Most useful textbook and academic posts of the week: August 30, 2019

This week’s collection of posts from around the web includes several ways to advance your academic writing efforts and to focus on your personal definition of success. Our first article suggests that the first step toward success is in selecting your research topic. Our next two focus on the literature – first as resources, second as tips for conducting qualitative research. We then explore reasons you may not want to apply for external funding and methods for teaching the practice of research. Finally, we look at new possibilities in open access publishing agreements.

Mark Twain once said, “Focus more on your desire than on your doubt, and the dream will take care of itself.” This week, consider your definition of success and your dream for your academic writing. Focus on that desire and see where it takes you. Happy writing!

Most useful textbook and academic posts of the week: August 2, 2019

Let me warn you. This week’s collection of posts from around the web has several topics that may not be comfortable for textbook and academic authors. We begin with articles challenging the status quo for academic bios, the value of disability inclusion in the publishing industry, and the approach you take to turn your PhD into a book. More hot topic industry changes, specifically in light of recent announcements of Pearson’s “digital first” initiative and the Cengage-McGraw-Hill merger, also make this week’s list.

The changes to the publishing industry are not new, but in the recent months seem to be coming at a faster pace with greater impact to authors. That said, as you review the articles linked below, remember the wisdom of Roy T. Bennett who said, “Great things don’t come from comfort zones.” In the coming week, I encourage you to reach beyond your comfort zone in your pursuit of greatness. Happy writing!

Most useful textbook and academic posts of the week: May 3, 2019

This week’s collection of articles from around the web is full of opportunities. Opportunities to improve your academic reading practice, to tell your story, to make your writing more interesting, to broadcast your research, or to go freelance. It’s also filled with challenges and uncertainty. Challenges of parenting and academia, predatory journals, the uncertain future of university presses, neurodiversity in scholarly publishing, and the affect of the planned merger between Cengage and McGraw-Hill on the textbook market.

With each opportunity comes challenge and uncertainty. Equally so, with each challenge or uncertainty comes opportunity. As Ray Bradbury once said, “You fail only if you stop writing.” So, here’s to success. Happy writing!

The most useful textbook & academic posts of the week: August 10, 2018

As evidenced by our collection of articles this week, there is no single way to do things in this field of academic writing.

For all of us, even the word summer is associated with different definitions and results – as comically represented in the first post this week. Some of us are finding new methods to enhance their research, shifting gears, overcoming challenges, or just trying to define how writing best fits in their schedule. For others, they’re examining the industry opportunities, differences, threats, and changes to see how they fit best in the environment.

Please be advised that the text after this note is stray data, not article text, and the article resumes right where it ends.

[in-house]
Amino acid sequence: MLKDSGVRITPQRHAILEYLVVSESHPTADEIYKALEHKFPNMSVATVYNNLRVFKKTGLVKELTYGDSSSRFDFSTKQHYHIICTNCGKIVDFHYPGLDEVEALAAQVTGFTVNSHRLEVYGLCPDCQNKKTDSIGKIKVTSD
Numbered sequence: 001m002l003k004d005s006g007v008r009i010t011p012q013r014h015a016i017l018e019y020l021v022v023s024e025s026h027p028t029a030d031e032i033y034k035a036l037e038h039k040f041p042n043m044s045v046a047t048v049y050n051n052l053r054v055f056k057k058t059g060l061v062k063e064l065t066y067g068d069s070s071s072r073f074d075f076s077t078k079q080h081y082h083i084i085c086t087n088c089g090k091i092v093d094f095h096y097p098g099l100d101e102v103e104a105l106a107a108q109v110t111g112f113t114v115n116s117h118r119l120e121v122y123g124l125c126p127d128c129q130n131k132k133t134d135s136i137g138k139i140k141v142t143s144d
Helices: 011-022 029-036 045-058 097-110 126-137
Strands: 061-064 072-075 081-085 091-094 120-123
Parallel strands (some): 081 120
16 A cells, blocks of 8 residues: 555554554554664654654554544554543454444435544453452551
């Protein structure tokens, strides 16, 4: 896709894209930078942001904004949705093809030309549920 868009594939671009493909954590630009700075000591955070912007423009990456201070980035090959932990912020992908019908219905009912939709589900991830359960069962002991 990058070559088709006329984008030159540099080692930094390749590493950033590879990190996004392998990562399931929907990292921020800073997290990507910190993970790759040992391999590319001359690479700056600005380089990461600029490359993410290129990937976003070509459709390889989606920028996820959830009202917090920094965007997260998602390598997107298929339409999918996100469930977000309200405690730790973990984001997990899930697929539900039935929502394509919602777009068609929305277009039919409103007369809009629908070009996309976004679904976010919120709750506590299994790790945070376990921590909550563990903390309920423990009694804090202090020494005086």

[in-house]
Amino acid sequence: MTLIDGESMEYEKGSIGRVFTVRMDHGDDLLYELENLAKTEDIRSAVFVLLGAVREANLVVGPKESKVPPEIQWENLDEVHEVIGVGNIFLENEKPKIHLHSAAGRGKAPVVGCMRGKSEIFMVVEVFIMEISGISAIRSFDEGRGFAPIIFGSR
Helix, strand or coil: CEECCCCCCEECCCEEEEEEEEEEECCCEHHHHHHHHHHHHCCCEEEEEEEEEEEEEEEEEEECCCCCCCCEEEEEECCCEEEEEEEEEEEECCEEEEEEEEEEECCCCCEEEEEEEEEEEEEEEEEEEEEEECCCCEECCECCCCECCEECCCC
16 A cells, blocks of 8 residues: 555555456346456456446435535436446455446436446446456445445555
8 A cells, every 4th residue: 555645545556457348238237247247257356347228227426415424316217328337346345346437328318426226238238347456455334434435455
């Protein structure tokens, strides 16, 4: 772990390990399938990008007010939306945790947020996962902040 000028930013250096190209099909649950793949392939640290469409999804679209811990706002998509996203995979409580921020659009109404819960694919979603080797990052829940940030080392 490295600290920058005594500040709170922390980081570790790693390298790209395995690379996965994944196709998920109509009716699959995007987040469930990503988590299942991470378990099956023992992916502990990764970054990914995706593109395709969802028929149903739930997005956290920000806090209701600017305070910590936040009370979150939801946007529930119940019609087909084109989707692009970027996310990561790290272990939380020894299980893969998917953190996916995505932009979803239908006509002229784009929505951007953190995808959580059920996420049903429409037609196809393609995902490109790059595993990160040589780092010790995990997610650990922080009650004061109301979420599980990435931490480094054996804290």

This week’s collection of articles includes all of these topics important to the field of academic writing, but wherever your personal writing journey takes you this week, be true to yourself. Barbara Kingsolver advises us, “Don’t try to figure out what other people want to hear from you; figure out what you have to say. It’s the one and only thing you have to offer.”

The most useful textbook & academic posts of the week: February 23, 2018

In this week’s collection of noteworthy articles from around the web, we share discussion on stuck points and writer’s block, identifying when enough is enough, and a focus on writing for the reader. Additionally, there are tools and resources on open textbook self-publishing, open access technology options, publishing options for early career researchers, and instruction and datasets on focus groups. Finally, we find discussions on the Committee on Publication Ethics (COPE), university presses, and the continued life of print publishing.

Theresa Lewis said, “Writing is amazing! When I write I am empowered by my thoughts, entertained by my imagination, and enlightened by my wisdom.” As you write this week, be empowered, entertained, and enlightened so that your words can empower, entertain, and enlighten those who read them.

The most useful textbook & academic posts of the week: February 2, 2018

In this week’s collection of articles from around the web, we have found suggestions for academics on using LinkedIn, choosing a research method, improving your conclusion, and getting back up after perceived failures. In the publishing industry, topics of collaboration using Crossref, the evolution of the megajournal as PeerJ turns five, and the future of university press in Kentucky top the list. Finally the cost of textbooks continues to be present in the articles of interest.

This week we hope that you will find inspiration among the posts to both make forward progress with your writing and to make an impact. As Darynda Jones suggests, “WHILE writing, just have fun with your ms. Enjoy the process, but push on. Always push toward the finish line!”